Arguably one of the most important skills in mixing audio is the ability to listen. Listening to what others have done with their songs specifically and being able to both accurately describe and actively attempt to recreate the same auditory experience via the tools available to you are extensions of the simple, yet too often overlooked, act of listening.
That’s why the first section of our exciting new Mainstage course, Faders Up I: Modern Mix Techniques, is dedicated solely to improving your ability to actively listen, describe, and choose relevant reference material. Here’s one of the first lessons from the course, highlighting the importance of being able to describe the sound world of an audio recording and how to use a reference to gauge the effectiveness of your mix. Preview both Faders Up courses — Modern Mix Techniques and Advanced Mix Techniques — for free today.
Classical music has a whole language of notation that dictates how something should sound. As a mixer, we get instructions from bands, friends, and clients saying things like, “Can it sound fatter?” or, “Can the vocal feel a bit more distant?”
The translation is largely up to you, but to communicate about mixes, we need to be able to talk about the way something sounds. Let’s look at some common examples.
Big vs. Little
This one’s pretty simple, and it’s really just a matter of level. “Big” sounds are loud, and “little” sounds are quiet. You could also argue that big sounds have more bass and little sounds have less bass. But when contrast comes into play, it can be more interesting and subtle than that.
Check out the contrast in sounds in this Son Lux track, “Easy.” The guitars and winds are tiny, almost twinkly, and in contrast, you get these giant baritone sax riffs and a big, subby kick. The little things draw you in, and the big things blow you away.
Wide vs. Narrow – The Space
Does the mix sound “wide” and “open,” like a panoramic photo of the Grand Tetons?
Or does it sound “narrow” and “intimate,” like looking at a mountain goat on the side of the mountains through a telescope?
The left-to-right dimension, or “width,” of a mix is determined by how the individual elements in a mix are panned. It can also be because of an effect like a big, stereo reverb. The best mixes do both with intimate moments that explode into big wide landscape mixes, like this one:
Reverbs and spatial effects can also create a front-to-back dimension in a mix. Think of a cave for a moment. When we say something sounds “wet,” we generally mean it sounds “deep,” like the source is in the back of the cave.
Some bands actually go out of their way to record in spaces like grain silos to get sounds like this. That depth is a huge part of their sound. But with the range of effects available via plugins today, it’s not impossible to get great results on a budget in your DAW as well.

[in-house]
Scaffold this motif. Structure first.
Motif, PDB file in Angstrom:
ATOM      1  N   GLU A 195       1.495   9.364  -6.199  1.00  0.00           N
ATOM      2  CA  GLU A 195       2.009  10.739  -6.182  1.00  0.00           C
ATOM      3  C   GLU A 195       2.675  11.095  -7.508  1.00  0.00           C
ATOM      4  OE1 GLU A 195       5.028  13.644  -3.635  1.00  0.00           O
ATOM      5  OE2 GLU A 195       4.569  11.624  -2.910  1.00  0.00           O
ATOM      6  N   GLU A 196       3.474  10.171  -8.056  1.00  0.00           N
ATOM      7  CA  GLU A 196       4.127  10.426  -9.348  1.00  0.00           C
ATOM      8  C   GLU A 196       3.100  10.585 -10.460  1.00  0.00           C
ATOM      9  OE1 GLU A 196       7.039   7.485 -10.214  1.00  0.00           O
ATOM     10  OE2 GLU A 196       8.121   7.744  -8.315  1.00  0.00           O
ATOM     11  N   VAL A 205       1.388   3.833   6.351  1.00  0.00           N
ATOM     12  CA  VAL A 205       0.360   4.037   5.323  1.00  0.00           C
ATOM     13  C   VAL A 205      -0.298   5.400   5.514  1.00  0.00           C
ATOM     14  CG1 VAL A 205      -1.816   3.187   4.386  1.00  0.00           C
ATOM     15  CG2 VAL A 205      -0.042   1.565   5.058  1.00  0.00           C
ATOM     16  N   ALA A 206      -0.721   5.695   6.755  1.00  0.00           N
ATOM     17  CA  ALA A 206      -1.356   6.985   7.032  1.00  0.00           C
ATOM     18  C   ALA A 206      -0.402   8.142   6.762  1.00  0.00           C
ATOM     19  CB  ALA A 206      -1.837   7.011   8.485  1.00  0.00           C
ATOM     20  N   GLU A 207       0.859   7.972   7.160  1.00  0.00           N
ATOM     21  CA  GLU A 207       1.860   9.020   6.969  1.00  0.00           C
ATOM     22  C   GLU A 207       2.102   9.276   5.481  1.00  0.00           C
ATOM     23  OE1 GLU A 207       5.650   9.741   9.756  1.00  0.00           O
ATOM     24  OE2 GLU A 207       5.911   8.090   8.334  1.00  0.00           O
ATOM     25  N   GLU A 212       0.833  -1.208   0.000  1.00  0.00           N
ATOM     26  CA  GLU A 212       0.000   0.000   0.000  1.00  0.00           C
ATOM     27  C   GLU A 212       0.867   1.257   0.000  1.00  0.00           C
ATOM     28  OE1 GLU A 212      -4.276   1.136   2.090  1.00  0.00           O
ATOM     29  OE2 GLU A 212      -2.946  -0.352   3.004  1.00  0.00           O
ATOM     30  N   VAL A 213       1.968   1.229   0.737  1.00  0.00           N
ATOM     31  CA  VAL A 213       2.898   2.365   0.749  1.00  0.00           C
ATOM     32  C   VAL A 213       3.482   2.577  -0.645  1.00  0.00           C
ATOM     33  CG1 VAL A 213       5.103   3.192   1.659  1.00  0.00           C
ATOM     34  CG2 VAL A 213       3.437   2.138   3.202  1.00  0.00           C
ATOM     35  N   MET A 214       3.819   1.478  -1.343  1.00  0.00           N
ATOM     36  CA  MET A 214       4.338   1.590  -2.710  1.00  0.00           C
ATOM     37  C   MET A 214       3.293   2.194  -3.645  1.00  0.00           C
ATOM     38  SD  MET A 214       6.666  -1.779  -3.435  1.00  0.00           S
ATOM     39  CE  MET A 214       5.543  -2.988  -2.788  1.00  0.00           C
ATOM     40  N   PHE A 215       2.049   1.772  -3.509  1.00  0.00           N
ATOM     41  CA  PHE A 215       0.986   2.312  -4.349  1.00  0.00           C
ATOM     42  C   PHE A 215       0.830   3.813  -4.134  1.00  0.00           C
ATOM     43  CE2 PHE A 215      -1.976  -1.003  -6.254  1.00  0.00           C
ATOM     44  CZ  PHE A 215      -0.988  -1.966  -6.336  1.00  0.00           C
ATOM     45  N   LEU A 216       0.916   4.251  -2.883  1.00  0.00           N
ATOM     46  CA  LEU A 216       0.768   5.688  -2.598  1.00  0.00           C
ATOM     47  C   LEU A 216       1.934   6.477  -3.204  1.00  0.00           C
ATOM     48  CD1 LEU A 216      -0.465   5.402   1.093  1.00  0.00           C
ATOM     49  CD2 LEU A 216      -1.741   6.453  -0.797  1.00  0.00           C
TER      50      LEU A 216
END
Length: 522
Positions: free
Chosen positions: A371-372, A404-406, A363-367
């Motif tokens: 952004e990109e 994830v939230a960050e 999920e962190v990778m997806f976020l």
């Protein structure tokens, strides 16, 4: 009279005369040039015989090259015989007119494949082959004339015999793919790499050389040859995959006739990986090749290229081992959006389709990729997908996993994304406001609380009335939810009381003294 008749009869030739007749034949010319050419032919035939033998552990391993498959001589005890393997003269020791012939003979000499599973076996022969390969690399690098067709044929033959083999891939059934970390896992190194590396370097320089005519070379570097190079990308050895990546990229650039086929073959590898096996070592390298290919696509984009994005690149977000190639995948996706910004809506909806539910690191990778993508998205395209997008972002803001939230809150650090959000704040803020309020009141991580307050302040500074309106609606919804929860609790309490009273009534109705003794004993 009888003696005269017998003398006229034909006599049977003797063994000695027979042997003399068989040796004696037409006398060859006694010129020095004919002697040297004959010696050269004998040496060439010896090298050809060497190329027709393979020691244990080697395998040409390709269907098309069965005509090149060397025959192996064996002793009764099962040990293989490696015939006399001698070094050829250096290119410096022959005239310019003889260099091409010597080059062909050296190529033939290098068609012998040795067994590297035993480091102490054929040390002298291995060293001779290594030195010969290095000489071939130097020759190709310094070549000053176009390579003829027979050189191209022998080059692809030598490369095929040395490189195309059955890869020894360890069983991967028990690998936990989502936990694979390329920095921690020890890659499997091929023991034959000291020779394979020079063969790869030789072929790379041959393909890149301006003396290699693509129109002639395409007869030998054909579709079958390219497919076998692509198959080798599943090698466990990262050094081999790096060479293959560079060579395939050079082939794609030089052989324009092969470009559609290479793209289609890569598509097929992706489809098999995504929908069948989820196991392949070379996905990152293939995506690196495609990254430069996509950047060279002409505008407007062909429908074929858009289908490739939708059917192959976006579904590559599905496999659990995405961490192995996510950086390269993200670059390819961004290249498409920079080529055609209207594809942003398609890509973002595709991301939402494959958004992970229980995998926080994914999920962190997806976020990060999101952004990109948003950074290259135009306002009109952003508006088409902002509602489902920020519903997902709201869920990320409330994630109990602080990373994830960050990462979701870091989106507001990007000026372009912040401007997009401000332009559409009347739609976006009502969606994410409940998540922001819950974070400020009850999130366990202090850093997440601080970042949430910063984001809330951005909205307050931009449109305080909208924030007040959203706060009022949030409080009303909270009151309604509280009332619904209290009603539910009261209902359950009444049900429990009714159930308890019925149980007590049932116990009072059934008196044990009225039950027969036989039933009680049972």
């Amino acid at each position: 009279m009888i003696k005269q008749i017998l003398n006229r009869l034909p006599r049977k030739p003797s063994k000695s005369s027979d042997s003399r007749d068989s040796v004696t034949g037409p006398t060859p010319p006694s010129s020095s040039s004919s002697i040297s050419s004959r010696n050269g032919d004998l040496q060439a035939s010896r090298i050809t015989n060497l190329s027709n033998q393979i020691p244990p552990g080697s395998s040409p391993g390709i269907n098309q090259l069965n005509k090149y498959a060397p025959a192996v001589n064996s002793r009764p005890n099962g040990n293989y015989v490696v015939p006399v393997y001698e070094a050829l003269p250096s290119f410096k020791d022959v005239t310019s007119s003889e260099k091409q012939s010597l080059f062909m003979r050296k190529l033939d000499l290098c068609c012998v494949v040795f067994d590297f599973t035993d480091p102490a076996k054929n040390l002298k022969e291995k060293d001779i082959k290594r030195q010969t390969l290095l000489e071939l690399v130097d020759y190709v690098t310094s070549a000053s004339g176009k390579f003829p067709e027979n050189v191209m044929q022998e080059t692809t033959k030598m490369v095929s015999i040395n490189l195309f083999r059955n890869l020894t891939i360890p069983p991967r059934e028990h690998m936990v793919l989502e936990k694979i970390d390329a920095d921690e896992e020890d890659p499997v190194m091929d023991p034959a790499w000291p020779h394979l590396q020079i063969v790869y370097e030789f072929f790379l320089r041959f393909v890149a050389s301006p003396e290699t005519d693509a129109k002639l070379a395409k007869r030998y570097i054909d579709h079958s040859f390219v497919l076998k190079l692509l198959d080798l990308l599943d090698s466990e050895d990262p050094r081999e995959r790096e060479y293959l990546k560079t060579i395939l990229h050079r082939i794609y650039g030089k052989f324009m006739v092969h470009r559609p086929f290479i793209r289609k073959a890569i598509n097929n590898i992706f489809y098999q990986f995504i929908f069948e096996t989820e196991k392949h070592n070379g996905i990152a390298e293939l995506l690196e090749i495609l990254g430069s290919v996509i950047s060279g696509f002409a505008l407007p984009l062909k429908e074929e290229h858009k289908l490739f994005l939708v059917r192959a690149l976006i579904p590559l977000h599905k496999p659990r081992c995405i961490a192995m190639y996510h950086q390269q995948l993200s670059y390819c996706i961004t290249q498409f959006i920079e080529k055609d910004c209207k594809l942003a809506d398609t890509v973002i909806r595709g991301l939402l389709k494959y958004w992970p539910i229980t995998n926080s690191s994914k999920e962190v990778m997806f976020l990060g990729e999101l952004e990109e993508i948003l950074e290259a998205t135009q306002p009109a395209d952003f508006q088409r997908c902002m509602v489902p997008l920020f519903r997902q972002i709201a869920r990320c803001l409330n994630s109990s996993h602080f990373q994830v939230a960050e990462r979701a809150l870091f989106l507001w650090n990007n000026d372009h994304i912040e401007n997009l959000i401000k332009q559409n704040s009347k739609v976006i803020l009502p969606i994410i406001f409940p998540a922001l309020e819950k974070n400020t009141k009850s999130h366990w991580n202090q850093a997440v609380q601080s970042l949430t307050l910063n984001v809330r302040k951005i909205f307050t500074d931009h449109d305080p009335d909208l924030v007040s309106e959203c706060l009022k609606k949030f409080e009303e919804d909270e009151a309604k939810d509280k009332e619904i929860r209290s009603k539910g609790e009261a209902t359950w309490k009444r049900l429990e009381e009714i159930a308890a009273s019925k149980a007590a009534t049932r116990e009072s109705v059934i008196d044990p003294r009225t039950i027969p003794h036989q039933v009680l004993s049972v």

When we say something sounds “dry,” we mean it feels “close,” or like the sound is right in front of us. As always, contrast creates the most immediacy and excitement, like in this Nirvana track, “Something In the Way.”
The same descriptors we use for describing reverb can also be used to describe whether a sound is effected or un-effected. Saying that a sound or stem is “wet” can also mean that it has compression, EQ, reverb, and potentially other effects embedded in the file. If it’s “dry,” it means that it hasn’t been “effected.”
Color and Warmth
When we talk about the color of something, we’re typically referring to the “brightness” or “darkness” of a sound. Think about a jangly acoustic guitar. It’s bright and shimmery, and those characteristics come from the high frequencies, as we’ll see in our lesson on EQ. “Bright” sounds can also be “cold” if they lack low frequencies.
It’s tough to think of something that conjures the feeling of cold more than the start of this track. Sigur Rós has an uncanny ability to make things sound like a thawing Icelandic landscape with fireworks in the background.
“Dark” sounds lack high frequencies and have a bass-y “warmth” to them. Think of something like a warm synth pad in something ambient like Radiohead’s “Treefingers” below.
+ Read more on Flypaper: “How to Create the Unmistakable Keyboard Sound in ‘Everything in Its Right Place'”
We’re not asking, “Can you make it more purple?” Who knows what that means? To understand the way our bandmates, clients, and even the way we ourselves want something to sound, we can lean on reference tracks to help us reach our goals.
Go ahead and pick a random song and use some of the words above to try to describe it in the comments. Is it big, wide, intimate, cold, etc.?
For our purposes, referencing is the process of identifying one recording that has a vibe, sound, and instrumentation that is close to the song that you are working on. By using a reference as a sonic target, you can make more informed mix decisions and learn a ton about your mix environment.
Why Only One Reference?
It’s easy to love the snare sound from this song, and the guitar tone from another. Imagine you have two puzzles and you start interchanging pieces from the two. The mismatched pieces don’t work together because they don’t fit with any pieces of the puzzle you’re trying to force them into. Mixing kind of works the same way.
Referencing helps you learn about your mix environment, too. The way your mix sounds in your bedroom will be different than the way it sounds in your kitchen, car, or bathroom. The good news is, there’s a lot of music out there that sounds great in tons of places. By comparing our mix progress to a recording that we know sounds good, we can instantly sense differences in level, pan, color, depth, and impact.
You can make the best mix in the world with the most minimal gear, and referencing can help in a really big way.
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